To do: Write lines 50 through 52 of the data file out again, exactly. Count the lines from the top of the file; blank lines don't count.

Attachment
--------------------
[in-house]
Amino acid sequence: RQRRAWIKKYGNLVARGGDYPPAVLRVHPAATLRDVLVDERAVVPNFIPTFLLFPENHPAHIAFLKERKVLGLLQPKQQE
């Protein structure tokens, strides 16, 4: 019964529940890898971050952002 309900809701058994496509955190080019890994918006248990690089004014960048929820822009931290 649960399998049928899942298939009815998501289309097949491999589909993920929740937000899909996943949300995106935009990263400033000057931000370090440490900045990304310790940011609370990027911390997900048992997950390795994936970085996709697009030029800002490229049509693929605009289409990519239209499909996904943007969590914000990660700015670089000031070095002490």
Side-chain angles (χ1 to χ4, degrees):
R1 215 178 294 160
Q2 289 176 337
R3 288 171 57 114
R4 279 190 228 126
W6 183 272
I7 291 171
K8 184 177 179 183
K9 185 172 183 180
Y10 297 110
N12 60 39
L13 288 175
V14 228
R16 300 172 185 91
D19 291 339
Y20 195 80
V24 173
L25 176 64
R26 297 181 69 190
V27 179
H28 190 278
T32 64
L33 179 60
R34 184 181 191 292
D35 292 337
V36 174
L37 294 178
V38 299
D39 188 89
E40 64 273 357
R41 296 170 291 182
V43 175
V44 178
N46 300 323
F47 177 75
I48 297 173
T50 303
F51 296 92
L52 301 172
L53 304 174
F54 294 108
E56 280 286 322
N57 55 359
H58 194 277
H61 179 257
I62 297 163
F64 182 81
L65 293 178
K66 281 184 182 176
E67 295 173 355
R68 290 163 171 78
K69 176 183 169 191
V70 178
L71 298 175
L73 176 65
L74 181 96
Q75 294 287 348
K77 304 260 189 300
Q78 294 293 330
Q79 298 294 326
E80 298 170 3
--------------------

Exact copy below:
F64 182 81
L65 293 178
K66 281 184 182 176